The consensus among local Somalis is there's not enough help available to keep children away from Islamic extremism by giving them the bright future so many think they deserve.
It's no secret that young men from the Minneapolis Somali community have been recruited to join terrorist groups.
For the Confederation of Somali Community in Minnesota's Mohamud Noor, it's all about having positive adult influences.
"The individuals who have left who we know or those who intended to leave, almost all of them didn't have... somebody who can play as a role model for them, somebody [to] guide them, keep them in check," he says.
The Somali confederacy believes "keeping them in check" needs to start right away with education, from early childhood development onward.
Success in school is a good start to success in life, and right now, that's not happening.
Bosteya Jama works with Somali teens, and sees a big opportunity gap for Somali students.
"When we only have 11 percent of the kids who are in tenth grade succeeding [up to a level of proficiency] in math, that's a big problem," Bosteya says. "We talk to the kids about whether they need help and every kid's mentioning that they need after school programs."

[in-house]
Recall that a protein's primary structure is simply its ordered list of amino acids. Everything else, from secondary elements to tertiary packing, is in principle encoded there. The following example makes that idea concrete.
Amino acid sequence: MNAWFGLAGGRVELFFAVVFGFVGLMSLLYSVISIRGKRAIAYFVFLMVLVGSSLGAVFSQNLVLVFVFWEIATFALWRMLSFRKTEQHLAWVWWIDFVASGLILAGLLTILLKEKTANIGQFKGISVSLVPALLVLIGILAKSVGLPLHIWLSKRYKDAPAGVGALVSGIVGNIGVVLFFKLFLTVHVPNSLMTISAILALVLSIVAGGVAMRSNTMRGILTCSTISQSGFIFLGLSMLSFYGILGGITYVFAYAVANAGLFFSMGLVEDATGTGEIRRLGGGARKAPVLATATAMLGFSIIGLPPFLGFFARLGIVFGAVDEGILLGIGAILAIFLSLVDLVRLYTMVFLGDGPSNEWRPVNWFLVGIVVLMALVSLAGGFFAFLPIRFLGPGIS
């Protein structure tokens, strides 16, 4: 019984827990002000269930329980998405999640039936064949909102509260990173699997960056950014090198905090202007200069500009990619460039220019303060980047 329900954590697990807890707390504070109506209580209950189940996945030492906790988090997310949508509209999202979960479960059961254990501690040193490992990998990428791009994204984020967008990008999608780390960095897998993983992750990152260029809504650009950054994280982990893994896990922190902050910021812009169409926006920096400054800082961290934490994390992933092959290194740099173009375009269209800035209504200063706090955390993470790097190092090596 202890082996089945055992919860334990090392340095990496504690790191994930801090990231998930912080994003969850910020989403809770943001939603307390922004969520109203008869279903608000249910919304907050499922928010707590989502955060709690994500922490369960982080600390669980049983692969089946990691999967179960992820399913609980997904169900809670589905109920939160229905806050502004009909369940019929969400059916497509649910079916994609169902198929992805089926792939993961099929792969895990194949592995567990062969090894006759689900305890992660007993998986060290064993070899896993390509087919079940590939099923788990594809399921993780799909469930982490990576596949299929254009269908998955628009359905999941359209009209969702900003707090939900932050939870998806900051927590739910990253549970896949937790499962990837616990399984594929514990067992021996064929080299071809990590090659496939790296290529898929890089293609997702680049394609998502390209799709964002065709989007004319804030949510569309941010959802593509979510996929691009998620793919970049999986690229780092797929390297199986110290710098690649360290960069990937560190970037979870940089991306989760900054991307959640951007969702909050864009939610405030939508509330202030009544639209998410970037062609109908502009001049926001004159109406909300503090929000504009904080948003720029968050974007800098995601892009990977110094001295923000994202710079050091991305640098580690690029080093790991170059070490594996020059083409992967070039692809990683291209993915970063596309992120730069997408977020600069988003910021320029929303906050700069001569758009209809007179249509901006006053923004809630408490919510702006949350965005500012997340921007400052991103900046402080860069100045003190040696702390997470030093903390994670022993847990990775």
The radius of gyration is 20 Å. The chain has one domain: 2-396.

The Somali confederacy is planning a one-stop shop community center -- education, mental health, social services -- everything under one roof. But to get that done, they need help from the state, county, and school districts, and whether they'll get it as a bit unclear.
The total cost is projected to be about $2 million. Help could come from the Department of Justice or Homeland Security.
If funding does come together, the Somali confederacy plans to open up the new community center at as as-of-yet-undisclosed location next fall.